INFLATION fears will be stoked this week amid a spike in energy costs and rising food prices, reducing the scope for further intervention from the Bank of England (BoE).
Analysts believe that reduced discounting by retailers compared to a year ago will also have had some upward impact on prices.
Official figures, due on Tuesday, are likely to show consumer price inflation (CPI) hovering around the 3 per cent mark in March, which would be a rise on the 2.8 per cent recorded for February. It is a long way off the 34-month low of 2.2 per cent hit in September and the central bank’s 2 per cent target.
Minutes of the BoE’s latest monetary policy committee meeting – also published this week – are tipped to reveal another six-to-three split vote against embarking on further quantitative easing (QE). Inflation remains a concern for a number of policymakers.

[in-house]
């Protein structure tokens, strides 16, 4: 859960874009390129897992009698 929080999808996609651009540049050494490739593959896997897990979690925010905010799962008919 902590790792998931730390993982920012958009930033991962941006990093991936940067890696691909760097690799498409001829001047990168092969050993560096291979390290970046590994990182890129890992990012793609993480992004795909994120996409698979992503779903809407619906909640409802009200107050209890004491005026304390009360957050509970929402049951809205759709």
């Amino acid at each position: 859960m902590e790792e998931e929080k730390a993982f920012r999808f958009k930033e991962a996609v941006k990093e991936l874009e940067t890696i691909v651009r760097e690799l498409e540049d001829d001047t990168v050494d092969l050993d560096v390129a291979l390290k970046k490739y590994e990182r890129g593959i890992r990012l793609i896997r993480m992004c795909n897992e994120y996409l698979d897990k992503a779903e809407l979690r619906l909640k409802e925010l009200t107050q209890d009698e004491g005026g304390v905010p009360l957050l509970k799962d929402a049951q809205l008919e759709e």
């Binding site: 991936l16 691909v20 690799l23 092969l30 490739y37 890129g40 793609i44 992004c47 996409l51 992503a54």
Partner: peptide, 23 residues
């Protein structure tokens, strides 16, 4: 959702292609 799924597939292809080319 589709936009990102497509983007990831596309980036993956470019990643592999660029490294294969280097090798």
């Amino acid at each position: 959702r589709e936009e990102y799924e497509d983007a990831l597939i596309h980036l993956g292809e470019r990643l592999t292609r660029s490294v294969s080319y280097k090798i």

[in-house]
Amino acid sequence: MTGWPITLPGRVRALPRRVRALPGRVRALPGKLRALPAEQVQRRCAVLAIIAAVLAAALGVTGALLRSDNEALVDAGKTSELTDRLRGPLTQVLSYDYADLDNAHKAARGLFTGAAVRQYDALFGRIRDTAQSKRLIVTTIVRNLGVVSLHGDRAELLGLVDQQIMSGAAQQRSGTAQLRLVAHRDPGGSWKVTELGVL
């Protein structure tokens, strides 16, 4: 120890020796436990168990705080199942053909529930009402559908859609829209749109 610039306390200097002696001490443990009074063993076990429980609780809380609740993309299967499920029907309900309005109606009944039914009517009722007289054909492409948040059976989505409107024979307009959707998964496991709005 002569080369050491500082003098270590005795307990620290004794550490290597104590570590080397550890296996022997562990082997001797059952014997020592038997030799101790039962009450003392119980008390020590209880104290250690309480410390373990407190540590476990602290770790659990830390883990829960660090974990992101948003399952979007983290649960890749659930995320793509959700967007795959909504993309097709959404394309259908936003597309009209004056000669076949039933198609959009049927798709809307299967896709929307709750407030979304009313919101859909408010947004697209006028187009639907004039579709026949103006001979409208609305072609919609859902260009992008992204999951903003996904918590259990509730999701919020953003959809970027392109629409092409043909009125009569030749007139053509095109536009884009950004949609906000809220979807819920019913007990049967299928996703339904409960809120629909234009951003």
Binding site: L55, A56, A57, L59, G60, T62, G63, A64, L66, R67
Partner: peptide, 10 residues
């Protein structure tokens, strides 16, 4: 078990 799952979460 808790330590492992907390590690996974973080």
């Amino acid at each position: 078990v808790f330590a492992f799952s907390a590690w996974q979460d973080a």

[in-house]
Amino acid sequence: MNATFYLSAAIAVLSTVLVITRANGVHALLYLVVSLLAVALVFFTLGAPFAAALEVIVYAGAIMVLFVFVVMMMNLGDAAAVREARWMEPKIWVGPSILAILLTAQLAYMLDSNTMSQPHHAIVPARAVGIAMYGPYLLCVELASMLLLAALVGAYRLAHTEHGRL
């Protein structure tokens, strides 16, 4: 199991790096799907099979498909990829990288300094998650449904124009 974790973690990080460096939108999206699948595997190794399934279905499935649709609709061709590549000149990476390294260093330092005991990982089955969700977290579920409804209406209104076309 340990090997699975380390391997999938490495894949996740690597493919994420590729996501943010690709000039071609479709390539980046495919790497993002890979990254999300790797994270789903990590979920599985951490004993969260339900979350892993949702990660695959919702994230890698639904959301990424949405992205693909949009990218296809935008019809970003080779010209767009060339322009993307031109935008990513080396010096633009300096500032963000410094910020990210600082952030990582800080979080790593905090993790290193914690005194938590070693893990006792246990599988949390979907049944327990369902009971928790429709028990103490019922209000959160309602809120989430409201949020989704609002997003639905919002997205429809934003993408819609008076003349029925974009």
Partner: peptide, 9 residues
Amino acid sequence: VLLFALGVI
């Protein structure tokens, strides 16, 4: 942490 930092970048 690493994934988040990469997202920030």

Howard Archer, chief UK economist at think-tank IHS Global Insight, said that even if CPI did not hit 3 per cent in March, it was likely to push “modestly above” that level during the second quarter.
“Sterling’s weakness, still- elevated food prices and higher energy charges will maintain upward pressure on inflation,” Archer said. “Inflation could start to head down gradually late in 2013, helped by the impact of the sharp rise in university tuition fees dropping out in October.”
Archer added that the BoE was expected to deliver two further £25 billion bouts of QE over the coming months, taking the total stock of money printing to £425bn.
A poll of more than 50 economists last week concluded that there was a 60 per cent chance of additional QE this year, with the majority expecting it to come soon.
Michael Saunders at Citi said: “I’m flexible as to when they move. It will be whatever month they get softer data. It could be May… it could be July if they wait for Mark Carney [the incoming Bank of England governor].”